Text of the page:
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Color Theory 2.0

New Music for Saxophones and Percussion by Susie Ibarra and Tyshawn Sorey

Overview

Color Theory 2.0 is a residency, performance, and recording project that pairs the PRISM Quartet’s saxophonists with two singular voices in contemporary music: performer-composers Susie Ibarra and Tyshawn Sorey. PRISM will commission Ibarra and Sorey to each compose a new work for saxophone quartet and percussion, and to join PRISM as guest soloists on their pieces, which we’ll premiere in Philadelphia and NYC on June 2, 3, and 4, 2018.

The project includes Unlocking Your Inner Composer, a partnership with the Free Library of Philadelphia in which Ibarra, Sorey, and PRISM will lead free composition workshops at two library branches. The six-week residency will culminate in two public concerts featuring workshop participants’ compositions alongside guest artists’ commissions. PRISM will also produce a studio recording of Ibarra and Sorey’s works for a September 2019 release on PRISM’s label, XAS Records (distributed by Naxos), and video record live performances for broadcast.

Color Theory 2.0 is the second installment of an ongoing project that asks composers to use the combination of saxophones and percussion to create works exploring musical color, or timbre. The project’s first phased joined PRISM with So Percussion and Partch (an ensemble playing Harry Partch instruments) to premiere new works by Steve Mackey, Stratis Minakakis, and Ken Ueno. Color Theory 2.0 seeks to expand and enrich our previous musical experiment by including composer-performers who are consummate improvisers. Ibarra and Sorey share PRISM’s dedication to crossing musical boundaries, and bring a compelling array of cultural and compositional practices to the project.

Susie Ibarra: “I am struck by [PRISM’s] ability to move as one instrument. Sometimes ethereal in their delicate chords, sometimes enigmatic with multiple musical conversations moving along in contradiction. I am drawn to their profoundly beautiful sound which makes me dream about its origins and connections to the environment. I think of Kalinga musicians in the forest of the Cordilleras, walking and playing interlocking bamboo to ward off evil spirits. Is it a magpie waterfowl along the Ganges? Maybe it’s a bear call from the Seneca Nations appearing in the evening, or a high pitched marmot whistling and running in the rocks of a Northwest American Glacier.  I will perform alongside the Quartet on percussion instruments that can gather both dynamic force and delicacy using an hourglass harp to play water pitches, to drumset, gongs, and an array of textural percussion.”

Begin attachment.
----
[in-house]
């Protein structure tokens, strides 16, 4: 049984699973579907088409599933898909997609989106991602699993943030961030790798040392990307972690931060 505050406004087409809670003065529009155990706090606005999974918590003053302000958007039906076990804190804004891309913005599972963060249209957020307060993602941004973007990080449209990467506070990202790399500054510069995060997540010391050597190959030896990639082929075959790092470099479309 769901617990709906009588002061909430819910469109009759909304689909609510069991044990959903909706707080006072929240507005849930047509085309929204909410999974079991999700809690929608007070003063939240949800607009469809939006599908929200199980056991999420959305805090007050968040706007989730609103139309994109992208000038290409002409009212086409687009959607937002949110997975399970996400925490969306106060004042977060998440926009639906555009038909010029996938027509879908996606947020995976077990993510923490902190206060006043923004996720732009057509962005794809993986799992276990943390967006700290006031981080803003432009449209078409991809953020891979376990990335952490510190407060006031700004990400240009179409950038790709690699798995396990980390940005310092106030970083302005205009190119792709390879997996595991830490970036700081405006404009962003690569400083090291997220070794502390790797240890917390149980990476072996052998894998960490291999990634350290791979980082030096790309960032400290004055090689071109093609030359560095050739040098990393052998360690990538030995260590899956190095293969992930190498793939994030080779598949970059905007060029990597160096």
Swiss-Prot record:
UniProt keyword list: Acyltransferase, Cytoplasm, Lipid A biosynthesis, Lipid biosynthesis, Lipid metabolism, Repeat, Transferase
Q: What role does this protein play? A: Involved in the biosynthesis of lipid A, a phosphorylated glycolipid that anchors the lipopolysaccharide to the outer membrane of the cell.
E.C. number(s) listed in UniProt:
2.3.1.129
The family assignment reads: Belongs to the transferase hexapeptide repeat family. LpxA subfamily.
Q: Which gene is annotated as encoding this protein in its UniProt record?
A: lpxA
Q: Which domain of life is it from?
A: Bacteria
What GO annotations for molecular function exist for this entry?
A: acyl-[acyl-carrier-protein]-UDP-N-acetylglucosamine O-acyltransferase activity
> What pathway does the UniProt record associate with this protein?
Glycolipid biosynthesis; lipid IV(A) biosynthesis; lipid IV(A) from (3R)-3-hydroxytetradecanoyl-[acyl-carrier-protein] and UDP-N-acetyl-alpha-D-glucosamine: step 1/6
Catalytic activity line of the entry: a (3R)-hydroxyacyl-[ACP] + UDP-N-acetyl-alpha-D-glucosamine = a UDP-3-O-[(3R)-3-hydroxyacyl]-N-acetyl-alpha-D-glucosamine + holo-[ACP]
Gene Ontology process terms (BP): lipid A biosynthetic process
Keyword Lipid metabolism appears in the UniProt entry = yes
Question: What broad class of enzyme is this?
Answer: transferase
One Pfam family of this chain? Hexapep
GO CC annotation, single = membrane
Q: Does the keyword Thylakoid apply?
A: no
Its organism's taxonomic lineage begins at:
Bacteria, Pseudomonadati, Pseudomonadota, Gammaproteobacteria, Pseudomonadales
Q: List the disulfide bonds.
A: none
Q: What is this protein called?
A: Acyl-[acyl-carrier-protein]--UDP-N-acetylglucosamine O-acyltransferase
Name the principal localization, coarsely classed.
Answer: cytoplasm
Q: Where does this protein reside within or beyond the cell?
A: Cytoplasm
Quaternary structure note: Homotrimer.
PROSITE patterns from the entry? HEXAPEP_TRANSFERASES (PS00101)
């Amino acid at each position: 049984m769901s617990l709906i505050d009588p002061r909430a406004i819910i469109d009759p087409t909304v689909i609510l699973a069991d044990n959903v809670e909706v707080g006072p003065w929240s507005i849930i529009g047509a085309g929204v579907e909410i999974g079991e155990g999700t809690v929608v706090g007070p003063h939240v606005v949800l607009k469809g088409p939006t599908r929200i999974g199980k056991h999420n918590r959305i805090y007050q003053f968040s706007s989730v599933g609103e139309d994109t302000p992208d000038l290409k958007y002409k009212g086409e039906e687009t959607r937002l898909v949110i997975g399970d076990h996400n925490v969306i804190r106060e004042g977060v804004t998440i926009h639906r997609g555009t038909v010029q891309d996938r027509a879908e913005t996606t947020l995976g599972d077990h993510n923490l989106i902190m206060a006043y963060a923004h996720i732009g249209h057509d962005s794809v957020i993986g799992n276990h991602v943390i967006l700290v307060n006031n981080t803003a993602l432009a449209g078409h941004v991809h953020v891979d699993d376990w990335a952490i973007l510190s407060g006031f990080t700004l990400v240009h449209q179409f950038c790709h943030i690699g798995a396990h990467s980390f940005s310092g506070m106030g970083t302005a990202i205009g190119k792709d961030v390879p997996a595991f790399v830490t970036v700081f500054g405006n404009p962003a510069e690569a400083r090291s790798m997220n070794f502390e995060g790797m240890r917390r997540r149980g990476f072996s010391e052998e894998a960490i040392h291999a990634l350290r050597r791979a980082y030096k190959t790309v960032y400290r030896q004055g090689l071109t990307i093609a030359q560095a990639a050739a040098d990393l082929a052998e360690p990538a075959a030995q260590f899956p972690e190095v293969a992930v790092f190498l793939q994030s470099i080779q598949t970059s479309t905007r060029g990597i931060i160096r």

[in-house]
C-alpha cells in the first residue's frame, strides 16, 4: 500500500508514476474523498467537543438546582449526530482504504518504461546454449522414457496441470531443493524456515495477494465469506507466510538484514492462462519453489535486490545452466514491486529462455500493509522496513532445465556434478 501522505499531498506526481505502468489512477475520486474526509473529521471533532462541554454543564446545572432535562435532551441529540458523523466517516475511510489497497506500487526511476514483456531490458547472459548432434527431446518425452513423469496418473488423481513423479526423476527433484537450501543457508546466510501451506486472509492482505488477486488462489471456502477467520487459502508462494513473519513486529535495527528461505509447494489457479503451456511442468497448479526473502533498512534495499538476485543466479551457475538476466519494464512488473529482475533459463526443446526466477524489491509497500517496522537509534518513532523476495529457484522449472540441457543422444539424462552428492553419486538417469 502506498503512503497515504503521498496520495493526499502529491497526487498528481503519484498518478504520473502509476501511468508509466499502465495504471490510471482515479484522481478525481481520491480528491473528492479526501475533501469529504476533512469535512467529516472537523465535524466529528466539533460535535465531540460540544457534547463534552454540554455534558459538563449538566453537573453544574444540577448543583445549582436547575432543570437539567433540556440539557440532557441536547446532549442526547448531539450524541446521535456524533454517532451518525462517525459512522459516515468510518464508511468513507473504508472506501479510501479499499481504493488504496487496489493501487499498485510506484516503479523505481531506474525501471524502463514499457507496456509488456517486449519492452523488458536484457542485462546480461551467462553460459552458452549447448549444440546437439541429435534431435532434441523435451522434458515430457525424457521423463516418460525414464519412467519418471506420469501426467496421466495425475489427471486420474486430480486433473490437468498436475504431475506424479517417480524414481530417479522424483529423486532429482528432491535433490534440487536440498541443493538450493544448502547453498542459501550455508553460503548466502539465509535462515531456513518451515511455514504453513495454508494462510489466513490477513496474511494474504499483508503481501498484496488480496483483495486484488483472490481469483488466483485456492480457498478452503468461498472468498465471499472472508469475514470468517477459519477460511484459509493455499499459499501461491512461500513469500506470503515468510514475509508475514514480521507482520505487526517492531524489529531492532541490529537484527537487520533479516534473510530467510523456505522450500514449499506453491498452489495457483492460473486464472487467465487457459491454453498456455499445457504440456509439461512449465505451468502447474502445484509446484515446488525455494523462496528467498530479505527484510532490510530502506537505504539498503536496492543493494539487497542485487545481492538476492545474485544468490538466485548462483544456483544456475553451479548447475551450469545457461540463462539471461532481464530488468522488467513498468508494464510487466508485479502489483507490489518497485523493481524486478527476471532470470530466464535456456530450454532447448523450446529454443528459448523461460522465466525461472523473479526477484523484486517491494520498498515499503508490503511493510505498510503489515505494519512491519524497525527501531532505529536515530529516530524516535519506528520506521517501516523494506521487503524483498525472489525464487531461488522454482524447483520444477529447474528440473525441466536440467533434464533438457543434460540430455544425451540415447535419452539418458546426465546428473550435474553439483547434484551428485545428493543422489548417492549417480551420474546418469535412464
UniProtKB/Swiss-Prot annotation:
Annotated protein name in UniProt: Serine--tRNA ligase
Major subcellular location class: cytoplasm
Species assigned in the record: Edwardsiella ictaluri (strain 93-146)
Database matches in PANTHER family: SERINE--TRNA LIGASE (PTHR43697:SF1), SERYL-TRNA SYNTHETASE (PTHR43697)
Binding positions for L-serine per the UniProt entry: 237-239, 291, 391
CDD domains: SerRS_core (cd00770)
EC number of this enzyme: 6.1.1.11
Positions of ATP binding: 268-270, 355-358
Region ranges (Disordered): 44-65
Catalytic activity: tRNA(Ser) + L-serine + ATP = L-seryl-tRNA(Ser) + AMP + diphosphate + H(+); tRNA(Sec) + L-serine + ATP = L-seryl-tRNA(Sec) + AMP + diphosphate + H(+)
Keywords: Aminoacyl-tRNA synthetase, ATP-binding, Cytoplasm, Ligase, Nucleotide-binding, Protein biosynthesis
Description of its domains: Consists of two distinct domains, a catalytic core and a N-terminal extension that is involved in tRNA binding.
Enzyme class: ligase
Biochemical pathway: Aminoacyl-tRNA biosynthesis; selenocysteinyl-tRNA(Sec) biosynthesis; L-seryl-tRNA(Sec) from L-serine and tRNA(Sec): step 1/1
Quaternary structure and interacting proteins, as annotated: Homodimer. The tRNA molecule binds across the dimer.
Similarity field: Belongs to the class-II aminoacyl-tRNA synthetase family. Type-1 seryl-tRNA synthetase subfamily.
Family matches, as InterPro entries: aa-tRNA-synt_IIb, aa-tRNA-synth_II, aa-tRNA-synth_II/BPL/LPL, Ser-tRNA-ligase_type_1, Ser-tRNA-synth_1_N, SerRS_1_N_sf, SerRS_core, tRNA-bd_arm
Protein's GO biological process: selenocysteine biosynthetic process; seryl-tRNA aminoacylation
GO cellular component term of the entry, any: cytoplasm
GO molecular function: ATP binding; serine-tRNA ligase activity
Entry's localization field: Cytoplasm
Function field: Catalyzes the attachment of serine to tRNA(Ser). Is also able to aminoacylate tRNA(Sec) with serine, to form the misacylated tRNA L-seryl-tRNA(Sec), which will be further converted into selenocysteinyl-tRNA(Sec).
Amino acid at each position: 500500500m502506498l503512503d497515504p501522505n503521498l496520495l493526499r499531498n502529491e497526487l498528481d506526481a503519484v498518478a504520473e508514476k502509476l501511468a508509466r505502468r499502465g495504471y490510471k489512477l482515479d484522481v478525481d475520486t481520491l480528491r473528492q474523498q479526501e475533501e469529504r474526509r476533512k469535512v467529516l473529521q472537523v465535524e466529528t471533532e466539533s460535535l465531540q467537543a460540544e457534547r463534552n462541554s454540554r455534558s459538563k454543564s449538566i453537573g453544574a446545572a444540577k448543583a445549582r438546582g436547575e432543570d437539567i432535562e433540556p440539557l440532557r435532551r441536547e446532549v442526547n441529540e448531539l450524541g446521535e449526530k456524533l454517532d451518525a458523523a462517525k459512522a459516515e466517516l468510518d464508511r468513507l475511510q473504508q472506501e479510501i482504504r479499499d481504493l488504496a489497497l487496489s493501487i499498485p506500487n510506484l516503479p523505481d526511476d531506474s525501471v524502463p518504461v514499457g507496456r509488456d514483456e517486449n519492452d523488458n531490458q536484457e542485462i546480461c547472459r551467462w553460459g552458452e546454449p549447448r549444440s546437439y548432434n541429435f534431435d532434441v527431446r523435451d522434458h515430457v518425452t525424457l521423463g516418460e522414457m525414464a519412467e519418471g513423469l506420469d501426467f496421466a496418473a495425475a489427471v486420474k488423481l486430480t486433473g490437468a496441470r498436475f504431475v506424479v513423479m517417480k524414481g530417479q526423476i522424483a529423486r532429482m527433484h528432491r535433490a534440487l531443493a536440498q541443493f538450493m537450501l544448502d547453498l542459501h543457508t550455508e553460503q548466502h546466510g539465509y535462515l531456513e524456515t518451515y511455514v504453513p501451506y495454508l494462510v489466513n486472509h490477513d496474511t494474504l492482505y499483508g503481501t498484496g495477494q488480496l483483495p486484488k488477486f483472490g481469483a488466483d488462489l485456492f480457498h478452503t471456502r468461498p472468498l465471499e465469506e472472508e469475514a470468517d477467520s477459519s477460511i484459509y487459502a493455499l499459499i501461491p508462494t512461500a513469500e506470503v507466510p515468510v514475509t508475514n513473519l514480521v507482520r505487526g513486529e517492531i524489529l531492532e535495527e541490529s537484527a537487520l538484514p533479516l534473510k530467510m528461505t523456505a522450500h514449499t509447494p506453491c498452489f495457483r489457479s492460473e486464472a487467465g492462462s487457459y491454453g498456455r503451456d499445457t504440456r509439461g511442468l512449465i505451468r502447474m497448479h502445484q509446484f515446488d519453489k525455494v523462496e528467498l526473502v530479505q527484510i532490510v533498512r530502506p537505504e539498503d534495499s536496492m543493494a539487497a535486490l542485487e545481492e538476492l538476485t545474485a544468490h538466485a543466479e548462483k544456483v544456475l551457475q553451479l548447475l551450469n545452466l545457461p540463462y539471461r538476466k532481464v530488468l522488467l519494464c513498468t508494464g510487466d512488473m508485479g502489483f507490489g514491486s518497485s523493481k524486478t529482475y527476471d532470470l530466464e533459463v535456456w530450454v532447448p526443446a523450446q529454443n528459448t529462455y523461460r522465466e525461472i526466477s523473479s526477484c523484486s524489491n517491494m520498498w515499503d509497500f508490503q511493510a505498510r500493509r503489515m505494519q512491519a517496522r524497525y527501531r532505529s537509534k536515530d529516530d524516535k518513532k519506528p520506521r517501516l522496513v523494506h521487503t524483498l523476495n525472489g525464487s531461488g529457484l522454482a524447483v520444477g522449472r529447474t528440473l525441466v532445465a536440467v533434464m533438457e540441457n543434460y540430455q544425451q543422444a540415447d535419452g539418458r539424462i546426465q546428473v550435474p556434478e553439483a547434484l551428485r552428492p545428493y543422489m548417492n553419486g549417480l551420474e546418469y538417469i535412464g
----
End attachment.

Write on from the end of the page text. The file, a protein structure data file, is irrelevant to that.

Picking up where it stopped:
Tyshawn Sorey: “Working with the PRISM Quartet in a chamber setting will give me a chance to explore sonic landscapes that fall outside of the music I create with my regular collaborators. My work will explore the quiet intersection of saxophone overtones and harmonics produced by metal percussion instruments (e.g. cymbals, gongs). I imagine a large percussion setup, but no drum set. The work will incorporate ‘masked’ improvisation that will interact seamlessly with composed music. I’ll draw on my relationship with saxophone music from the African diaspora, particularly artists like Roscoe Mitchell and Anthony Braxton, by expanding syntactical aspects of their language into this new work.”

Start and End Dates

05/01/201810/01/2019

Location

Philadelphia and NYC, Pennsylvania

Project Created By

NYC and Philly
Intriguing programs of great beauty and breadth have distinguished the PRISM Quartet as one of America’s foremost chamber ensembles. PRISM seeks to place the saxophone in unexpected contexts, chart fresh musical territory, and to challenge, inspire, and move audiences. “A bold ensemble that set the standard for contemporary-classical saxophone quartets” (The New York Times), PRISM was…

In Collaboration With

composer and guest artist
New York, New York

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